"One aspect of mesquite that makes it an attractive renewable fuel is once the above ground growth has been harvested, it sprouts back pretty vigorously," Ansley said. "We're looking at how long it takes before it can be economically harvested again."
A State Energy Conservation Office grant has allowed his team to study harvest of different regrowth rates, as well as develop a mechanized system of harvesting mesquite.
Working with private cooperators, Ansley has helped design a harvester that is in the patent-pending stages. He hopes to have it ready for demonstration at an Oct. 5 field day at the Vernon station.
"We've run some trials with it and we think we have a technique that is workable for gathering this mesquite wood," he said. "That has not been done before."
Ranchers have long been looking for a way to utilize the mesquite growing wild on their pasturelands, but until now, nothing has looked economical, Ansley said.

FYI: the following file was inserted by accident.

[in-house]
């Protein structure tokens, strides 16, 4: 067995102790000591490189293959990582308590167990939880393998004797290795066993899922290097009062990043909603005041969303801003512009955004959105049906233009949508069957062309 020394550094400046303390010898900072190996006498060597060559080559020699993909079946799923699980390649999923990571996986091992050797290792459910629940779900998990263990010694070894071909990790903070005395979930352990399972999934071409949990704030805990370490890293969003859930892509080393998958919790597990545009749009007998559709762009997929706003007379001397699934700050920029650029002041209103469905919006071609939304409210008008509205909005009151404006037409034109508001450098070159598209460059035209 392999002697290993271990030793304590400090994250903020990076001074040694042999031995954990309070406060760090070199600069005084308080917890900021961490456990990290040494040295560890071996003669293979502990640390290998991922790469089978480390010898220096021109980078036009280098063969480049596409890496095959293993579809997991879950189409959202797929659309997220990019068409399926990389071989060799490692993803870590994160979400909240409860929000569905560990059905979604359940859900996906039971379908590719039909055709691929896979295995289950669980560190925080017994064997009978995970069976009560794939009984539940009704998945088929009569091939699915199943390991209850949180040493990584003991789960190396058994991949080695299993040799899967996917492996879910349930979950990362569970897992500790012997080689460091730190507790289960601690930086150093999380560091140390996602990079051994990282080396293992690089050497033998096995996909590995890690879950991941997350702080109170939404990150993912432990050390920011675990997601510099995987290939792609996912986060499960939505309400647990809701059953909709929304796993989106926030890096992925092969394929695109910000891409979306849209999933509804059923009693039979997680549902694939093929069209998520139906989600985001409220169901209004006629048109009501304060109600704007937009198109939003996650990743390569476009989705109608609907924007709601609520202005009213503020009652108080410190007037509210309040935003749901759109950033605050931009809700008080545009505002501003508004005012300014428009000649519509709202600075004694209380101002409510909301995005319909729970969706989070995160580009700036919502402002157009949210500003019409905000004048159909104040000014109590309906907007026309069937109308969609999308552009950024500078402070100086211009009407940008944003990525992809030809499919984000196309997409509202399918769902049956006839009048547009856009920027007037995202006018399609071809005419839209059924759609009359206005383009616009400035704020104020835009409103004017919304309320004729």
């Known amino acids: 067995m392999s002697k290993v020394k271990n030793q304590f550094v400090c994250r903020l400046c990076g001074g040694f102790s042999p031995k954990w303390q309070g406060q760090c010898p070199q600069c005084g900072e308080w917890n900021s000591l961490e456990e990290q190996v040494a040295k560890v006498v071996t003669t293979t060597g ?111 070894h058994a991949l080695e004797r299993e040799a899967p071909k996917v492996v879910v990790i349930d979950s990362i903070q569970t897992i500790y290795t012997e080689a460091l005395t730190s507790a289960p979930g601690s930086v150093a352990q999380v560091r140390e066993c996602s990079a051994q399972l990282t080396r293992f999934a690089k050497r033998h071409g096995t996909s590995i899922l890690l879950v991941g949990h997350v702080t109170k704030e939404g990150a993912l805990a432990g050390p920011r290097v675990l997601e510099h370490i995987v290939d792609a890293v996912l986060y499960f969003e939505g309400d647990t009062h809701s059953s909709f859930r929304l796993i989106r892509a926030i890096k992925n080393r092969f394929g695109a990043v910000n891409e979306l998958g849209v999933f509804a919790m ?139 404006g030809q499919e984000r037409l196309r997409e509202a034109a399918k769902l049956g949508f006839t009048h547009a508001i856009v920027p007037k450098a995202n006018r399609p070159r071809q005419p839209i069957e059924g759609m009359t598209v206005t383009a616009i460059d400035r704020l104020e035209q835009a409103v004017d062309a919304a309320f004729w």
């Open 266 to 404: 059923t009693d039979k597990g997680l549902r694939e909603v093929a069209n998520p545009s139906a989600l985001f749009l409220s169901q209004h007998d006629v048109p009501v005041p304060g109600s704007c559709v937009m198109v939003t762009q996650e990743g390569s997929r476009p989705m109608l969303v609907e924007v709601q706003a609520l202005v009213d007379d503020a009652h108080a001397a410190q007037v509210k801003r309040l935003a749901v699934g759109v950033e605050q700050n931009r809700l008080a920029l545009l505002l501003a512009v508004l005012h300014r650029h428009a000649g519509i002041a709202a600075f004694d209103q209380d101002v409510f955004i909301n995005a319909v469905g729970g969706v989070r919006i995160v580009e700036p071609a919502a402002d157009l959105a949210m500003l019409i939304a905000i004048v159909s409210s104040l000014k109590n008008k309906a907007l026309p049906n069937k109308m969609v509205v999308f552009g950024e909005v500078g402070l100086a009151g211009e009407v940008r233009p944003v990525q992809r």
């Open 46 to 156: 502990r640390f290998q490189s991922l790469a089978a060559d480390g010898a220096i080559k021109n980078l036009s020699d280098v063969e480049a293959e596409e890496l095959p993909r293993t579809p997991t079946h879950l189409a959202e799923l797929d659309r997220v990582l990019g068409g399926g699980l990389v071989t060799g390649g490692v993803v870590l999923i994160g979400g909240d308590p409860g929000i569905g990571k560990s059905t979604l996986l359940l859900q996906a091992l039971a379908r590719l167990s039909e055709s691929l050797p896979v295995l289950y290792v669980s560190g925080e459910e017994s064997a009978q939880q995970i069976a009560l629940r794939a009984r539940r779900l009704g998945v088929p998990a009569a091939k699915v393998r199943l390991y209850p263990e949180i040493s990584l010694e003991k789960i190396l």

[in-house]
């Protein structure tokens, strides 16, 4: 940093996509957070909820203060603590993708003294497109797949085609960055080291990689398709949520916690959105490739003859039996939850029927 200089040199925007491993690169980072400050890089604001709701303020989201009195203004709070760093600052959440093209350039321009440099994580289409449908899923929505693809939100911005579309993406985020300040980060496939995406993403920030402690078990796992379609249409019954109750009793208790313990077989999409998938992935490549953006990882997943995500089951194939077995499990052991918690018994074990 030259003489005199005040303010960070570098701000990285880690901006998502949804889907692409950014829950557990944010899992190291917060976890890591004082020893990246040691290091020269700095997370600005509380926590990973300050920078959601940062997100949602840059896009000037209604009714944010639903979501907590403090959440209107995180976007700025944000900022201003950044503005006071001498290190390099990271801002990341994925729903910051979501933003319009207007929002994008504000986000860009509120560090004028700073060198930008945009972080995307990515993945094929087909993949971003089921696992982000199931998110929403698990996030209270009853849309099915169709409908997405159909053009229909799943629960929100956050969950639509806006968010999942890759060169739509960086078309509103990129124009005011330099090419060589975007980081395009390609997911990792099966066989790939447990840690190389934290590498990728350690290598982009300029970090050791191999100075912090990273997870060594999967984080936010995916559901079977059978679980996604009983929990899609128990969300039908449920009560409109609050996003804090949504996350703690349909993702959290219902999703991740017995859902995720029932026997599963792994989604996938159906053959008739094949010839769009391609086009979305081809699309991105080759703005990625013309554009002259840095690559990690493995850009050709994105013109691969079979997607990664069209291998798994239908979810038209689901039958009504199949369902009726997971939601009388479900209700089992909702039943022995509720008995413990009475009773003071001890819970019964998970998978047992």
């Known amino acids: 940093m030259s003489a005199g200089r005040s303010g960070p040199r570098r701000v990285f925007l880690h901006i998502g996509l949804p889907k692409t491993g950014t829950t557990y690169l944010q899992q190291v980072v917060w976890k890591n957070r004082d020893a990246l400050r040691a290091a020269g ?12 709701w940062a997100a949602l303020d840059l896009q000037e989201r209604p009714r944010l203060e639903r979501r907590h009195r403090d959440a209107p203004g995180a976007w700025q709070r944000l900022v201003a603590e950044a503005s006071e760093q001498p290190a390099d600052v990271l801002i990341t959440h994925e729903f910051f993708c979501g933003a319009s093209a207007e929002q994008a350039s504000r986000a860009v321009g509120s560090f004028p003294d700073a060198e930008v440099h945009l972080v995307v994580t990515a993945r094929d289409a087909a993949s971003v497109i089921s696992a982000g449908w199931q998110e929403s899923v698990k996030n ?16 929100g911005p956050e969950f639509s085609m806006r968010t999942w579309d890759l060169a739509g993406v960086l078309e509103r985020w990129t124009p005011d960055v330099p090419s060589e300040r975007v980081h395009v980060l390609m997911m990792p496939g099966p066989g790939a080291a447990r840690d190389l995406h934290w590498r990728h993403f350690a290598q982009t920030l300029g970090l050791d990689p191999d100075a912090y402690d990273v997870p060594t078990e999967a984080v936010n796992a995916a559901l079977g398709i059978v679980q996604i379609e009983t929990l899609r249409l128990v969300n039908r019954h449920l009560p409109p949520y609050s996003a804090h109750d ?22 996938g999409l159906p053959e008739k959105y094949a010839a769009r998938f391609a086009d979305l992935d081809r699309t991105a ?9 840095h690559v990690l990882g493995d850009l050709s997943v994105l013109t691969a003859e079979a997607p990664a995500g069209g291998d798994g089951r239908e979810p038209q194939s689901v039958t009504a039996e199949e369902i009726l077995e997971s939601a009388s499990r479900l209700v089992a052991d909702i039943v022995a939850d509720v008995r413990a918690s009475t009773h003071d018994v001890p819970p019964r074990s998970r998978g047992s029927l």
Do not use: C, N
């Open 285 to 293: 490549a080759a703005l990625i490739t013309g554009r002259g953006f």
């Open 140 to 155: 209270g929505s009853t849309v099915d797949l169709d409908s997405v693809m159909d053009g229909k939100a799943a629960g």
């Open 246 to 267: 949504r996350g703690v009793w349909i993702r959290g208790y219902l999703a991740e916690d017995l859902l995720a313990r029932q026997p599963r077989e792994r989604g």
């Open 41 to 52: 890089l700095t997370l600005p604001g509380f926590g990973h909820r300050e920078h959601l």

Mesquite could be used in a wood-fired power plant, but "we think there's much greater potential with ethanol."
A patented process to convert the wood into ethanol is being tested in a prototype plant in Mississippi, Ansley said.
In Texas, the prime area to harvest mesquite is the middle third of the state: a band bordered on the west by a line from Childress to Del Rio and on the east from Decatur to Austin.
"We're talking small travel distance from wood source to these refineries, about 4 to 5 miles," Ansley said. "They would process about 5 million gallons per year of ethanol, which would require about 30,000 acres. Only about 10 percent would be harvested each year, with about 10 years needed for regrowth."
Livestock and wildlife operations should co-exist with a harvest area
and be improved with enhanced grass growth and patterned harvest of
mesquite, he said.
Contact: Dr. Jim Ansley
Texas A&M University - Agricultural Communications